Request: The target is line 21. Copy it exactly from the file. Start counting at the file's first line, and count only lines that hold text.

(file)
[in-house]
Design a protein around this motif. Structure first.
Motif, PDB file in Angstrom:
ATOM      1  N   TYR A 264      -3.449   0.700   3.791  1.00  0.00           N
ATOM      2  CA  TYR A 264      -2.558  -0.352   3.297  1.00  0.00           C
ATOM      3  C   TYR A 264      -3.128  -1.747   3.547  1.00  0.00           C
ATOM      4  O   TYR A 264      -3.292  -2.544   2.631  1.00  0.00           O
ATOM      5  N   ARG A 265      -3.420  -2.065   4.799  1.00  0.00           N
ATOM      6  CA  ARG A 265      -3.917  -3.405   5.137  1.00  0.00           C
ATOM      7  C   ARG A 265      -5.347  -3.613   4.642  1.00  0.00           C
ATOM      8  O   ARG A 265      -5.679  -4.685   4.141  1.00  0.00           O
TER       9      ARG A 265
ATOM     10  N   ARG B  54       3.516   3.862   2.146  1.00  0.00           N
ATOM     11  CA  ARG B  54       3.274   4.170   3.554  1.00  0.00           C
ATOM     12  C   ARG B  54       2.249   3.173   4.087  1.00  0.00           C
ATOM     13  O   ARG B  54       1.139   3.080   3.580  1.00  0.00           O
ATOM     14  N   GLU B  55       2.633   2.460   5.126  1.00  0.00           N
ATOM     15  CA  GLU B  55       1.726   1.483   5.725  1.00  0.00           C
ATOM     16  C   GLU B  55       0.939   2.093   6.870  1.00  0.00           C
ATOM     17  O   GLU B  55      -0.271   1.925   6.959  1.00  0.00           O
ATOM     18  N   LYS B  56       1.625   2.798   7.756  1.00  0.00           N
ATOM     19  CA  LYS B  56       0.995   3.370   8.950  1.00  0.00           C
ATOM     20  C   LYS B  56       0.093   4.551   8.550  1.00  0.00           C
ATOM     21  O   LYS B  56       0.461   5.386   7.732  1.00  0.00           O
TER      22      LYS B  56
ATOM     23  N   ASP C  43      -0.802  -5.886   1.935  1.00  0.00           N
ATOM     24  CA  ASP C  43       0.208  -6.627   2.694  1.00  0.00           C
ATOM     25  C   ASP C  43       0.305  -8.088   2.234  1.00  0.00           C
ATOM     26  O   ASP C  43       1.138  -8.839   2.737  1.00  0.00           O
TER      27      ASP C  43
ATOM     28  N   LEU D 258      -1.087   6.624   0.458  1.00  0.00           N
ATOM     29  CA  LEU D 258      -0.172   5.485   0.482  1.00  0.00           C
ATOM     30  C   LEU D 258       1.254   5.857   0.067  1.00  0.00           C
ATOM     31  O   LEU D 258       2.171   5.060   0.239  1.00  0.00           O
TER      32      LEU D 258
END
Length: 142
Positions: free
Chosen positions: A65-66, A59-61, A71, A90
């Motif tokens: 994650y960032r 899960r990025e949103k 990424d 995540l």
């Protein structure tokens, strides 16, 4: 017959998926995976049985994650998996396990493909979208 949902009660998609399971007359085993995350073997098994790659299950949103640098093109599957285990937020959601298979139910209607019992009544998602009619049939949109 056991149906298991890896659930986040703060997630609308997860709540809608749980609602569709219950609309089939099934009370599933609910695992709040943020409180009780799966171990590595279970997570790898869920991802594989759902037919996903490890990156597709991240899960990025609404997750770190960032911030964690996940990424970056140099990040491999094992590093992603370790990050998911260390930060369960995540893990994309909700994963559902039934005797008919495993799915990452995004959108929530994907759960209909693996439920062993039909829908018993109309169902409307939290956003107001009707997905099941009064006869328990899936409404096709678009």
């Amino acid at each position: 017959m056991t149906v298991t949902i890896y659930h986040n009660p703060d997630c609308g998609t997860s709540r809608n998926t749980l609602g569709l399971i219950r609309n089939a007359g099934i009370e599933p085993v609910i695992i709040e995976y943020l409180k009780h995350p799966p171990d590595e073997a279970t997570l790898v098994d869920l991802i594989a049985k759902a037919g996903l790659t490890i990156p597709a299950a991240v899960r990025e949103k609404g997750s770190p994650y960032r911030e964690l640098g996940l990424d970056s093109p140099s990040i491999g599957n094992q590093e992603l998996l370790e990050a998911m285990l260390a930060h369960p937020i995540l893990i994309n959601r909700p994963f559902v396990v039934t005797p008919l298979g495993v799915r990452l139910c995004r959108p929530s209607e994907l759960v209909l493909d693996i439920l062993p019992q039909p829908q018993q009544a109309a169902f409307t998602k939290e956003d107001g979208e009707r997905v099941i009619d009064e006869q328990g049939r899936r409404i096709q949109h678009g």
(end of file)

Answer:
ATOM     18  N   LYS B  56       1.625   2.798   7.756  1.00  0.00           N